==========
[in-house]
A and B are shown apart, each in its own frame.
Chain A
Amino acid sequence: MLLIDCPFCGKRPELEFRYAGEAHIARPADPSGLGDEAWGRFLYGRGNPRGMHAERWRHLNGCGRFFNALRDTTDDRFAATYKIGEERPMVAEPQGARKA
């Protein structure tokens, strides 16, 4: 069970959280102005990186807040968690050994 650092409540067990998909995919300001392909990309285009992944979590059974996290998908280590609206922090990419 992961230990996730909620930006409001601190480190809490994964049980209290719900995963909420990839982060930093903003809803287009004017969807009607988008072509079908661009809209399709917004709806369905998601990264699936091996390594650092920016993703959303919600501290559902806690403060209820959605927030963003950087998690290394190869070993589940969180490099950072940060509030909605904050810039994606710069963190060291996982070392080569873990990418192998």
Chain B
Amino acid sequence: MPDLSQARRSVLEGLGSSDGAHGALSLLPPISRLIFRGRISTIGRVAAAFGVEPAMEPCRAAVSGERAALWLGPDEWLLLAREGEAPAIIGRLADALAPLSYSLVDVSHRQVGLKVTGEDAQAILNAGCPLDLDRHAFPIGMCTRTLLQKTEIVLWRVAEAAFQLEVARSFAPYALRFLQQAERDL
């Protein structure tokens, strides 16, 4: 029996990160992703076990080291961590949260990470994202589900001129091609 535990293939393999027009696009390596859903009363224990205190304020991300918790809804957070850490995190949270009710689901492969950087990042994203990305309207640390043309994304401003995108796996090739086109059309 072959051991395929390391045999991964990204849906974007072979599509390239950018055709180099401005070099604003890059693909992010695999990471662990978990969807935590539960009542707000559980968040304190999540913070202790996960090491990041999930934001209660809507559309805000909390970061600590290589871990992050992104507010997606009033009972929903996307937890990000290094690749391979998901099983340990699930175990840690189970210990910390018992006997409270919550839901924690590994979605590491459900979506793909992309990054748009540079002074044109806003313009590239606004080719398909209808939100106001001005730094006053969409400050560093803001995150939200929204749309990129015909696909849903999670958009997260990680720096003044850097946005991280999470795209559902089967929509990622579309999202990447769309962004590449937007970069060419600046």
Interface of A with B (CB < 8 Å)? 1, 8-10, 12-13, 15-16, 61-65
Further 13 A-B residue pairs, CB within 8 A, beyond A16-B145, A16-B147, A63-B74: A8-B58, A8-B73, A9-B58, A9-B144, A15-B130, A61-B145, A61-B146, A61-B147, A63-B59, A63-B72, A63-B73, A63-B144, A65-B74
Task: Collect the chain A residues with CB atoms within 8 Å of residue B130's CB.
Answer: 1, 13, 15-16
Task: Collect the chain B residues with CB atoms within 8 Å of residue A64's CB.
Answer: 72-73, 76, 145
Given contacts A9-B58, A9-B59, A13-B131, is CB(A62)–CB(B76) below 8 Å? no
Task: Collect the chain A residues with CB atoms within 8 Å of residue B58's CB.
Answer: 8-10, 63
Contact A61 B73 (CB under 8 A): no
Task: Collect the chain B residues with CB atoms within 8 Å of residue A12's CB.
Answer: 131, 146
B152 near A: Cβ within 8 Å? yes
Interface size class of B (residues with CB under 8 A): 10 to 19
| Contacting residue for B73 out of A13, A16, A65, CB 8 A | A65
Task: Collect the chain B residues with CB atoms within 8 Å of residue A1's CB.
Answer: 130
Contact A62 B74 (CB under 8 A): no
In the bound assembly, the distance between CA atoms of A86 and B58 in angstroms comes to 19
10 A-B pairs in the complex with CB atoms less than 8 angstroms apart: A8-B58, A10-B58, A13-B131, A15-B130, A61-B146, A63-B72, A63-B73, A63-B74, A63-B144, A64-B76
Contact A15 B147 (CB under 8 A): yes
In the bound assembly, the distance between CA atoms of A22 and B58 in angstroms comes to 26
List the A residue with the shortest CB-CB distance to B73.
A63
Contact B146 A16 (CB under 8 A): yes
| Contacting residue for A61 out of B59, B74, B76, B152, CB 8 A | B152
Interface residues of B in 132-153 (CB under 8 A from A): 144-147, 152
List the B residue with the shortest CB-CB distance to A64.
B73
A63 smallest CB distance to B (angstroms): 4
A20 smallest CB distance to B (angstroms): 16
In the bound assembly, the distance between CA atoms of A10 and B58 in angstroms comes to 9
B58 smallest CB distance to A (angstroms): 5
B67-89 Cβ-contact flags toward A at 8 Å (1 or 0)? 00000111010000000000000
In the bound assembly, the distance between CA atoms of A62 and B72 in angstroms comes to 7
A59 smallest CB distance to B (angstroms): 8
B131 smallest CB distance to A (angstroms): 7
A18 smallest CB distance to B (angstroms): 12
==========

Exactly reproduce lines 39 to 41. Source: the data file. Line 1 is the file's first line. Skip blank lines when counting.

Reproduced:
A20 smallest CB distance to B (angstroms): 16
In the bound assembly, the distance between CA atoms of A10 and B58 in angstroms comes to 9
B58 smallest CB distance to A (angstroms): 5